Monthly Archives: December 2018
Massachusetts Department of Family and Medical Leave Issues First Round of Guidance, Launches Website
New Massachusetts Department of Family and Medical Leave Launches Website, Issues First Round of Guidance
The brand-new Massachusetts Department of Family and Medical Leave (“DFML”) has launched its webpage and issued the first set of guidance for both employers and employees. The DFML was created to help facilitate the implementation of Massachusetts’ new Paid Family and Medical Leave programs (“PFML”). The deadline for employers to start making contributions toward the PFML programs is July 1, 2019, and employees may begin receiving benefits beginning on January 1, 2021.
Commercial Bankruptcy in the United States – Potential Impact on Litigation & Transactional Practices
Commercial bankruptcy in the United States is a tool to conduct and continue big business. Because its effects reach into other practice areas, there are opportunities for non-bankruptcy members to provide value to their clients by calling on the expertise of ILN commercial bankruptcy practitioners.
Ask a parent about their biggest concern when it comes to having their young children log too much screen time on tablets or smart phones, and you’re likely to hear answers ranging from poor academic performance to simply not getting outside more to blow off steam.
The Boston law firm of Davis, Malm & D’Agostine, P.C. announces that Kevin J. Milton has joined the firm as an associate in the Business Law and Banking and Credit areas. Mr. Milton assists with general corporate law and finance matters, including corporate formation, commercial transactions, private equity, and corporate governance. Prior to joining Davis Malm, Mr. Milton held internship positions at Beth Israel Deaconess Medical Center, Office of the General Counsel; United States Attorney’s Office, Criminal Division; Plymouth County District Attorney’s Office; and several private practice firms in Boston.
In a decision released on December 7, 2018, the Ontario Court of Appeal missed an opportunity to provide lower courts with guidance regarding the circumstances in which they could depart from imposing statutory minimum fines required by provincial regulatory statutes. Section 59(2) of the Provincial Offences Act (“POA”) gives the court discretion to impose something less than the minimum where “exceptional circumstances” make it “unduly oppressive” or “not in the interests of justice” to do so. However, the Court of Appeal ruled that the provincial offence regime is better served by leaving the requirements for departure from minimum fines and sentences intentionally vague. In fact, the Court may have even muddied the waters by appearing to say that “exceptional” means “unusual” and then failing to define the term unusual.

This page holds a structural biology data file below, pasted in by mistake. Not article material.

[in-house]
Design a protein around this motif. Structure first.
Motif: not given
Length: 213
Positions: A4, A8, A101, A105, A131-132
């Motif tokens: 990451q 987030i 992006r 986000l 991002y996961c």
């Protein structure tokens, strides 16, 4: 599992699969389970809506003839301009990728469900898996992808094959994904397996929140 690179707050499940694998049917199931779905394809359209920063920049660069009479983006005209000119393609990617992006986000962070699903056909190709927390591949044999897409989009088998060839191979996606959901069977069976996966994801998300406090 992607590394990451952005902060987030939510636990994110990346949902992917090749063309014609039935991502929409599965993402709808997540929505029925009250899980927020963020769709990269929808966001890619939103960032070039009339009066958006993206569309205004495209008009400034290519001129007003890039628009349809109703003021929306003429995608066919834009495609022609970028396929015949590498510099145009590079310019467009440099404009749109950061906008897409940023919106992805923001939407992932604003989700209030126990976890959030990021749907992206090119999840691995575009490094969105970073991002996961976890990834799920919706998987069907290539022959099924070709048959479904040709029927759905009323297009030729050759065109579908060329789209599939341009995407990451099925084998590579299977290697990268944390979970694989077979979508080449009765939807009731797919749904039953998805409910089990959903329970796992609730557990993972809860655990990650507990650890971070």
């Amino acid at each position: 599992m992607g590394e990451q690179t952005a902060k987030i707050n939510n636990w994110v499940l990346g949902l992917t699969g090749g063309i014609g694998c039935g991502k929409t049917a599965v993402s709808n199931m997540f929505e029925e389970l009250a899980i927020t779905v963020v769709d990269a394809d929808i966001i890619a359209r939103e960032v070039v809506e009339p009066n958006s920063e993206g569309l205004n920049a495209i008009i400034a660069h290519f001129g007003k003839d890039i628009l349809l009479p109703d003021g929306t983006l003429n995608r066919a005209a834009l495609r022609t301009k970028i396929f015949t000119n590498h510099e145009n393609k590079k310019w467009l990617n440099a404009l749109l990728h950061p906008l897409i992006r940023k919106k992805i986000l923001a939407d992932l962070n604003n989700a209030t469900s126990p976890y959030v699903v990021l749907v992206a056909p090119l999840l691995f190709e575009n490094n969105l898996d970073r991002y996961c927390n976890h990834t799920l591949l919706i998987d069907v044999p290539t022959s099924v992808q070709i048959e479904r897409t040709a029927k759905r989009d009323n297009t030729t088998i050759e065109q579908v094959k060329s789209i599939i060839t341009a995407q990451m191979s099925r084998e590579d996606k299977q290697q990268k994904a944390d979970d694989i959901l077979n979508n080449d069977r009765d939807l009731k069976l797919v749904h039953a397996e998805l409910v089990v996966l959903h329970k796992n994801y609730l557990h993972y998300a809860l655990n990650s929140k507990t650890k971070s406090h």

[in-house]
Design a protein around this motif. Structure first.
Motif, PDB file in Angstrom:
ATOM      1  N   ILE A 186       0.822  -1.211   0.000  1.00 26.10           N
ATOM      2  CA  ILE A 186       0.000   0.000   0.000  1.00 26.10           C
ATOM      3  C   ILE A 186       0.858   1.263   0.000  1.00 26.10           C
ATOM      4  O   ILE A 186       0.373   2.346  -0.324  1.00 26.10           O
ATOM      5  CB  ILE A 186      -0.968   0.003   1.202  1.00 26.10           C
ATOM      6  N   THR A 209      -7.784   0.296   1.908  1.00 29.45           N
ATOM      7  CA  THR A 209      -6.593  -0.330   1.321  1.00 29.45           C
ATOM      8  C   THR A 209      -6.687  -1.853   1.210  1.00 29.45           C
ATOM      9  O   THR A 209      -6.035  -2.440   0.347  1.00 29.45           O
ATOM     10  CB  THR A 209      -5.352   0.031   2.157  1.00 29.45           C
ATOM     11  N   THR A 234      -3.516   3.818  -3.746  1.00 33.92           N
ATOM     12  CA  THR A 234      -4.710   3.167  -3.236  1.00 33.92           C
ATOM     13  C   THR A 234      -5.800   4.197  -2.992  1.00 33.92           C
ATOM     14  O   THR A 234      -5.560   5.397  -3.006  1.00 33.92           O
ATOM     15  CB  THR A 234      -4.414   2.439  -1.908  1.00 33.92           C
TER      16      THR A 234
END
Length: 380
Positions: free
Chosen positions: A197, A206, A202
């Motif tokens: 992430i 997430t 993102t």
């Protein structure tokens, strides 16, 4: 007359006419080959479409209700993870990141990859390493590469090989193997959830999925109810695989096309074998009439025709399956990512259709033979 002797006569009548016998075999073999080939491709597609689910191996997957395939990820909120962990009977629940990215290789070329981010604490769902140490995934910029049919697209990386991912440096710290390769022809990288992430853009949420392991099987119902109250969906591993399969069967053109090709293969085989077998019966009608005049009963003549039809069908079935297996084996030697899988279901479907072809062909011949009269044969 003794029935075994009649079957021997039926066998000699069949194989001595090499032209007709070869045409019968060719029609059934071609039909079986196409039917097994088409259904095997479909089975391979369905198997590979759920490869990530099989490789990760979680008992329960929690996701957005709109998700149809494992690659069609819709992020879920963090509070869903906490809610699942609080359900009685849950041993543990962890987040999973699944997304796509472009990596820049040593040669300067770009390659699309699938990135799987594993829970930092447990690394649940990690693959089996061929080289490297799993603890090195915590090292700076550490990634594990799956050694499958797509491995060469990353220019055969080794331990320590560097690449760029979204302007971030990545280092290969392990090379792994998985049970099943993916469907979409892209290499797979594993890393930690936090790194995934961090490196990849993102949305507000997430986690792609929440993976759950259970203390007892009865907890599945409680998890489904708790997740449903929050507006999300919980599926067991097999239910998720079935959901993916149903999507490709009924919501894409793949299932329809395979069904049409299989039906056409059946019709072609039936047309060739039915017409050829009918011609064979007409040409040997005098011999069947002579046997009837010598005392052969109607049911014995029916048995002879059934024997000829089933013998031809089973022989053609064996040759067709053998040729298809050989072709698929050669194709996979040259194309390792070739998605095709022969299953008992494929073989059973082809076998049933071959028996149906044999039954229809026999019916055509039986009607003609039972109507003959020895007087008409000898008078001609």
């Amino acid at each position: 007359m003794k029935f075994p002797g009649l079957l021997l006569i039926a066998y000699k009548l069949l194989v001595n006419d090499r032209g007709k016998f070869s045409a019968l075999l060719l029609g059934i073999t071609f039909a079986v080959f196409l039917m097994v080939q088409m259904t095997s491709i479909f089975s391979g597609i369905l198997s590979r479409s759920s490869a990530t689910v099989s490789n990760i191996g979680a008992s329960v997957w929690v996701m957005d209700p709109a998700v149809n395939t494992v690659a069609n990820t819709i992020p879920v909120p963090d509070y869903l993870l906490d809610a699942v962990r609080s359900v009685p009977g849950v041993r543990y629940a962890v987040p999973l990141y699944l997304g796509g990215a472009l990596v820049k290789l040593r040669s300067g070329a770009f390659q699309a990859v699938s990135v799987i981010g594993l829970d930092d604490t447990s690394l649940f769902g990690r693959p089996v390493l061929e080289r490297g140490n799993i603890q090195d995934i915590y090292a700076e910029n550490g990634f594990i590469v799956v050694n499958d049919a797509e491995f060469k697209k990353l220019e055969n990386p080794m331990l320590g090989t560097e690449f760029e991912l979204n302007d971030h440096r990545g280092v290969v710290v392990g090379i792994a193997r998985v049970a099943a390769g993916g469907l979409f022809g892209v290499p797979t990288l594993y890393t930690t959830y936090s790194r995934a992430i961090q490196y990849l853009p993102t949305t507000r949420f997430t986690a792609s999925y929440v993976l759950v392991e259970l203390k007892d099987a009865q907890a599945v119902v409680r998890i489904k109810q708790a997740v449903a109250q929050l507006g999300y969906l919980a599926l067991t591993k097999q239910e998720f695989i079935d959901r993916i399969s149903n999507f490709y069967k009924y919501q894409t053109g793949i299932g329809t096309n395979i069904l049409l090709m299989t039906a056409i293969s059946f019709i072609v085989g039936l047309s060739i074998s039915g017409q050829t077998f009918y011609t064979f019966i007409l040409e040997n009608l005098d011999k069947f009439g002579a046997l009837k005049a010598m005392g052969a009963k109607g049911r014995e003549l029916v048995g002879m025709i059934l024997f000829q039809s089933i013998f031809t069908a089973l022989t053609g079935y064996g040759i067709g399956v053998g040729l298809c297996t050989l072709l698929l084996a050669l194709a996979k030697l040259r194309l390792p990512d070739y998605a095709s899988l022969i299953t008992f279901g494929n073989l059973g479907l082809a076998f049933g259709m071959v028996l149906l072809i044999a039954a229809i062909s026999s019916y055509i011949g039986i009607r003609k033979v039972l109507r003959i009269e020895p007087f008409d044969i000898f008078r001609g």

On December 7, 2018, Governor Andrew M. Cuomo signed into law an amendment to New York Labor Law (“NYLL”) Section 193 (“NY Wage Deduction Law”) extending the NY Wage Deduction Law, which had expired on November 6, 2018, until November 6, 2020.
A corporation of which you are a shareholder claims to have sustained important damages which, in your view, were caused by the fault of professionals. These damages and losses caused the corporation’s bankruptcy. Can you, as shareholder, sue the professionals to claim compensation for the corporation’s damages?
Suppose that you want to register a trademark that identifies a source of goods or services for your business. What if the trademark describes a geographical area such as eastern? Should you register your trademark with the U.S. Patent and Trademark Office? Can you obtain a registration from the U.S. Patent and Trademark Office? The answer is YES! if the mark is not primarily geographically descriptive.
What constitutes sexual harassment?
Sexual harassment is a behavior towards another human being where the abuser harms the dignity of the victim and creates an intimidating, hostile or humiliating working environment. The victim feels shock, horror, fear, revulsion, indignation, anger or shame. Sexual harassment can appear in all forms of verbal abuse, as well as physical actions. Whereas physical actions are always forbidden, verbal or also nonverbal abuses are not punished if they don’t happen at the workplace. Ordering someone to harass someone is a form of sexual harassment as well as discriminating someone because of their sexual orientation or sex in general.